I presume these things in part because every single day my neighbor came over to the burned out house, gave Molly food and and water, and then sat with her cat, keeping her company.
For hours. Every day. For months.
Somewhere in that stretch of time, I saw an animal control officer poking around my neighbor’s house with a live animal trap. I told the officer that she absolutely could not trap Molly and take her away. I told her about my neighbor’s ill health, the fact her house burned, but that every day she visited Molly, and that she needed that cat more than anybody has ever needed a cat. I also got the officer’s name and number for my neighbor.
The next day, when my neighbor arrived, I walked over to tell her about the appearance of the animal control officer. I’ll never forget the horror on her face. She said, “Oh no. That cat is my whole life.” And I said, “I know she is.”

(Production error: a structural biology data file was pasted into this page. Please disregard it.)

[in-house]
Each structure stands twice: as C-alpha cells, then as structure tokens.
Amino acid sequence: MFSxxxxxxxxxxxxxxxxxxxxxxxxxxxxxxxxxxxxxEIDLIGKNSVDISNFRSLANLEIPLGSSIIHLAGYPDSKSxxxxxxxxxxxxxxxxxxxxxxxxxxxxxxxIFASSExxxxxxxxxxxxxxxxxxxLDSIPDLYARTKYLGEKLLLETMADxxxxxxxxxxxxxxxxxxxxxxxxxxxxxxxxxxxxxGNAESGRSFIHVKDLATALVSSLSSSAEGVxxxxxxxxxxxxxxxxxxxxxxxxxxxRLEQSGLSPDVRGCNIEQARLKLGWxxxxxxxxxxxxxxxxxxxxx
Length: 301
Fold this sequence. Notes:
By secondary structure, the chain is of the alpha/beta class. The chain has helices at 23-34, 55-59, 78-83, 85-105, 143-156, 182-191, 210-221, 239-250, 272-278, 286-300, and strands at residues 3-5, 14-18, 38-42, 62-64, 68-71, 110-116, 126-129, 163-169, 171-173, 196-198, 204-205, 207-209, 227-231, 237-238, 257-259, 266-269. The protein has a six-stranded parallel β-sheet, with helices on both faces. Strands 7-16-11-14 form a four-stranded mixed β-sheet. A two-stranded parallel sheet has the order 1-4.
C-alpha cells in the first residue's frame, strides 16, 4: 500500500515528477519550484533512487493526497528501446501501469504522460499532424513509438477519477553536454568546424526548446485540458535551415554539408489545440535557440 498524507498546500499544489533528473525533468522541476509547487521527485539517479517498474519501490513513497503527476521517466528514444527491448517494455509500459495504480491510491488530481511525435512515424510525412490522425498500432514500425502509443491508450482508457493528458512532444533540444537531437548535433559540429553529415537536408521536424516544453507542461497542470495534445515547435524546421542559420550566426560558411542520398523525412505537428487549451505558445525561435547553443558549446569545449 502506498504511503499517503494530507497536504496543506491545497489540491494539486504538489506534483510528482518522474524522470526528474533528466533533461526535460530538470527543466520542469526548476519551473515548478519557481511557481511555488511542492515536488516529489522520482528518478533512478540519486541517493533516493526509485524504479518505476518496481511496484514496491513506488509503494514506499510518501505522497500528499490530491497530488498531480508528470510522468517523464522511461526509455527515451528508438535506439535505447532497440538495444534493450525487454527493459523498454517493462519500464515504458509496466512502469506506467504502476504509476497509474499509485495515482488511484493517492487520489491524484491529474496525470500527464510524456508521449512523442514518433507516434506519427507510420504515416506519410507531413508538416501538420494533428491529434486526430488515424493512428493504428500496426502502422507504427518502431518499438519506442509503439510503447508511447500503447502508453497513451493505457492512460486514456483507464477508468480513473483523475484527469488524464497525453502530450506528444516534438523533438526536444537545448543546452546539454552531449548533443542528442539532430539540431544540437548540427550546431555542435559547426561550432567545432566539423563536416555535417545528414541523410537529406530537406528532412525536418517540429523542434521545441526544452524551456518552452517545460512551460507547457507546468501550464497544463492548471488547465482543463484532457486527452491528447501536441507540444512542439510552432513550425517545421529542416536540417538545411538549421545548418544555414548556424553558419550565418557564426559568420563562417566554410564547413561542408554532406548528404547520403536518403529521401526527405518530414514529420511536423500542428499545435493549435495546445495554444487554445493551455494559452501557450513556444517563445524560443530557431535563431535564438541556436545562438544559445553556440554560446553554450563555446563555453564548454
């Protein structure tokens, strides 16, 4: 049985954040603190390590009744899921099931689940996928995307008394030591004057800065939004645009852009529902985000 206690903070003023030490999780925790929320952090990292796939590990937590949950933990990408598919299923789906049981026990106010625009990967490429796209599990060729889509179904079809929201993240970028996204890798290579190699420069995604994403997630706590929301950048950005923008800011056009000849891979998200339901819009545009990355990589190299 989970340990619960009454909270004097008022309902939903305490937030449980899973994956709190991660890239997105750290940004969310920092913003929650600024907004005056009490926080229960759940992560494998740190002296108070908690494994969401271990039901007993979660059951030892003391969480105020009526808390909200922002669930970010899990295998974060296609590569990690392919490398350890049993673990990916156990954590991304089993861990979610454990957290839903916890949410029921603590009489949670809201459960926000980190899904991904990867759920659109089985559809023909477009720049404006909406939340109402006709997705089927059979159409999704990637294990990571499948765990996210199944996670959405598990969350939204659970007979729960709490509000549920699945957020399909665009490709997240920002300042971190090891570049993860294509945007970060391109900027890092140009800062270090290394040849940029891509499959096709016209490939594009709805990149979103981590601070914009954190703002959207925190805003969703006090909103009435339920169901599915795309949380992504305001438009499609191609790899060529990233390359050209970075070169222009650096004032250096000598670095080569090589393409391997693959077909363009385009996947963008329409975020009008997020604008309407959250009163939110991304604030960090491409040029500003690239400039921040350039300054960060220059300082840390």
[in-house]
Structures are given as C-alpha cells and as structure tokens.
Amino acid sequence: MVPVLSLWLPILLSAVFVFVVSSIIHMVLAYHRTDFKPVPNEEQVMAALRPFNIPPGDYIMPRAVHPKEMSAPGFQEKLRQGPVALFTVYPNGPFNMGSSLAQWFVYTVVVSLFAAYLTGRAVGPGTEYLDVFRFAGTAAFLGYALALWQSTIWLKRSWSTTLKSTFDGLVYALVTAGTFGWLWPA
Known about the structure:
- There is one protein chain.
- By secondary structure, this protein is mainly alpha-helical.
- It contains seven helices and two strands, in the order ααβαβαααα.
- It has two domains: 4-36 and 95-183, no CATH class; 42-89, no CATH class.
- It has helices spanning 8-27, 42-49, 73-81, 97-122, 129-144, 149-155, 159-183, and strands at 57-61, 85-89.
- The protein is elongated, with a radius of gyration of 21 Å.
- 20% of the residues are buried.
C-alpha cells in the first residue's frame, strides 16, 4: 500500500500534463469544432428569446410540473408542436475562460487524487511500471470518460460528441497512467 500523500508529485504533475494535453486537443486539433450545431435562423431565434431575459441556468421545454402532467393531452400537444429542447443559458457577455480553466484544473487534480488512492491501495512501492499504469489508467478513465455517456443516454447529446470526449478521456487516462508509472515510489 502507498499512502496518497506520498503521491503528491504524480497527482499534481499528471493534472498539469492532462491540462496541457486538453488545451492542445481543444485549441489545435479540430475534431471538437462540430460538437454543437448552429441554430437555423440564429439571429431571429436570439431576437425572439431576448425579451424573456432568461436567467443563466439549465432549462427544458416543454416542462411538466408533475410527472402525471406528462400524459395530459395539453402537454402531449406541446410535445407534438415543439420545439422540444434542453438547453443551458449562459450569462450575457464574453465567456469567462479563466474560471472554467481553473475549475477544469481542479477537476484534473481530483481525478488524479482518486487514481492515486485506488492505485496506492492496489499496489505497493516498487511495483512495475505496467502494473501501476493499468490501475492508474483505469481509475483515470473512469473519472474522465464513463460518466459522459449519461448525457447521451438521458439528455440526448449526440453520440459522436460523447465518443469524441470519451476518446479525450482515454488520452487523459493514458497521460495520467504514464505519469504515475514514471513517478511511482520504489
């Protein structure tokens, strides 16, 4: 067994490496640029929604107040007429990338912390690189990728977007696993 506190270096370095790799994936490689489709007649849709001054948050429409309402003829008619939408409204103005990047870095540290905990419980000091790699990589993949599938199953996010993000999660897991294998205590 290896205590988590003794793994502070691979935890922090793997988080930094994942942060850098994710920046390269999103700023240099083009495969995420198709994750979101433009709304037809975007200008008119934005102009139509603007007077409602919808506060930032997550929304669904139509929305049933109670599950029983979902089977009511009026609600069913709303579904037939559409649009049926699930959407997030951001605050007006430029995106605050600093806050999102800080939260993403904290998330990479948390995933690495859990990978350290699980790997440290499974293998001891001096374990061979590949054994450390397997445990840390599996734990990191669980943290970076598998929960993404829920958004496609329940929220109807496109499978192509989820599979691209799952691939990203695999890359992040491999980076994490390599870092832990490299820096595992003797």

My neighbor called animal control, got that sorted out, and eventually she was able to move back in. Molly and my neighbor were fully reunited.
But her health continued to decline. Ambulances came and went. Many months went by. The ambulances were replaced by hospice workers. Eventually, my neighbor was transferred out of her home.
Last Thursday afternoon, I suddenly realized she had passed. I don’t know how I knew, I just did. It was, in part, because nobody at all had been to the house for some time. At least two weeks. The lawn had grown long. Most importantly, I realized I hadn’t seen Molly. Not for a long time. I was filled with relief. I had anticipated, for many years, that when my neighbor passed away her family would fail to take care of Molly. I had anticipated that I would need to find her a home. This had always bothered me. That cat was my neighbor’s world. Why wouldn’t her family seek to do right by the creature she loved most and who loved her most?
That evening, I looked out across the street and saw, as I had so many times before, a white cat on my neighbor’s porch. It was Molly.